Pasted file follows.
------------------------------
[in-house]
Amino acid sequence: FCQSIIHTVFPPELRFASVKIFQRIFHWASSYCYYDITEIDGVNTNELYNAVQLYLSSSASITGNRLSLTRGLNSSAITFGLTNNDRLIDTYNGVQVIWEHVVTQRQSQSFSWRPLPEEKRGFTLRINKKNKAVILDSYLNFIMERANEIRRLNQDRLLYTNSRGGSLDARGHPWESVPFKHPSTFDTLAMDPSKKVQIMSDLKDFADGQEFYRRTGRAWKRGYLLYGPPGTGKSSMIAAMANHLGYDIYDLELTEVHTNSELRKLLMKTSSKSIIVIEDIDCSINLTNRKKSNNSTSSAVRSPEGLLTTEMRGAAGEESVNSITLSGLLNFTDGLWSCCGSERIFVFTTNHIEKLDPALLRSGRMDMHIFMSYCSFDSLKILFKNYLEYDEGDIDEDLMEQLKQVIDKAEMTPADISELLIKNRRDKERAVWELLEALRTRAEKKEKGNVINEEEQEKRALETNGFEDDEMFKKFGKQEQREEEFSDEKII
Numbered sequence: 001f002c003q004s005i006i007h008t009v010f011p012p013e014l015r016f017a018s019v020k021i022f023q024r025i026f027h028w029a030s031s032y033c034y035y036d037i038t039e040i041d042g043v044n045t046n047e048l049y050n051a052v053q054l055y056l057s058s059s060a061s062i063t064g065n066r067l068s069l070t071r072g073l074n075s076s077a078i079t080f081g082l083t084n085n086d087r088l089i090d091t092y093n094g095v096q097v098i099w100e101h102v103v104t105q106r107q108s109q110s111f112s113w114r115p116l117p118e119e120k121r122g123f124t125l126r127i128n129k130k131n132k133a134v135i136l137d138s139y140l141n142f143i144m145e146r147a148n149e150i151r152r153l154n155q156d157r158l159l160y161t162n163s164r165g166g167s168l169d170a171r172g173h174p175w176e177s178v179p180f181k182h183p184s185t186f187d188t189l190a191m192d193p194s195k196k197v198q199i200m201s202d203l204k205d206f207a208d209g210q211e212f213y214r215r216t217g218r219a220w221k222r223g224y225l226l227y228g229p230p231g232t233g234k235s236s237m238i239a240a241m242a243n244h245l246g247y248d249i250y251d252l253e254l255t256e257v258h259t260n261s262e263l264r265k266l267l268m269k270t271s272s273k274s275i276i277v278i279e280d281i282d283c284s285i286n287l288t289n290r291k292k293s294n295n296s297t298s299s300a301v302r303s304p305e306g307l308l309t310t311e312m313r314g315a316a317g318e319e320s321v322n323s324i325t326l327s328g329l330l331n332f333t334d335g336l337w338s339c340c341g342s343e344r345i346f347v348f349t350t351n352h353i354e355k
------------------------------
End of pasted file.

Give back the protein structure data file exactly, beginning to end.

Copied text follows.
[in-house]
Amino acid sequence: FCQSIIHTVFPPELRFASVKIFQRIFHWASSYCYYDITEIDGVNTNELYNAVQLYLSSSASITGNRLSLTRGLNSSAITFGLTNNDRLIDTYNGVQVIWEHVVTQRQSQSFSWRPLPEEKRGFTLRINKKNKAVILDSYLNFIMERANEIRRLNQDRLLYTNSRGGSLDARGHPWESVPFKHPSTFDTLAMDPSKKVQIMSDLKDFADGQEFYRRTGRAWKRGYLLYGPPGTGKSSMIAAMANHLGYDIYDLELTEVHTNSELRKLLMKTSSKSIIVIEDIDCSINLTNRKKSNNSTSSAVRSPEGLLTTEMRGAAGEESVNSITLSGLLNFTDGLWSCCGSERIFVFTTNHIEKLDPALLRSGRMDMHIFMSYCSFDSLKILFKNYLEYDEGDIDEDLMEQLKQVIDKAEMTPADISELLIKNRRDKERAVWELLEALRTRAEKKEKGNVINEEEQEKRALETNGFEDDEMFKKFGKQEQREEEFSDEKII
Numbered sequence: 001f002c003q004s005i006i007h008t009v010f011p012p013e014l015r016f017a018s019v020k021i022f023q024r025i026f027h028w029a030s031s032y033c034y035y036d037i038t039e040i041d042g043v044n045t046n047e048l049y050n051a052v053q054l055y056l057s058s059s060a061s062i063t064g065n066r067l068s069l070t071r072g073l074n075s076s077a078i079t080f081g082l083t084n085n086d087r088l089i090d091t092y093n094g095v096q097v098i099w100e101h102v103v104t105q106r107q108s109q110s111f112s113w114r115p116l117p118e119e120k121r122g123f124t125l126r127i128n129k130k131n132k133a134v135i136l137d138s139y140l141n142f143i144m145e146r147a148n149e150i151r152r153l154n155q156d157r158l159l160y161t162n163s164r165g166g167s168l169d170a171r172g173h174p175w176e177s178v179p180f181k182h183p184s185t186f187d188t189l190a191m192d193p194s195k196k197v198q199i200m201s202d203l204k205d206f207a208d209g210q211e212f213y214r215r216t217g218r219a220w221k222r223g224y225l226l227y228g229p230p231g232t233g234k235s236s237m238i239a240a241m242a243n244h245l246g247y248d249i250y251d252l253e254l255t256e257v258h259t260n261s262e263l264r265k266l267l268m269k270t271s272s273k274s275i276i277v278i279e280d281i282d283c284s285i286n287l288t289n290r291k292k293s294n295n296s297t298s299s300a301v302r303s304p305e306g307l308l309t310t311e312m313r314g315a316a317g318e319e320s321v322n323s324i325t326l327s328g329l330l331n332f333t334d335g336l337w338s339c340c341g342s343e344r345i346f347v348f349t350t351n352h353i354e355k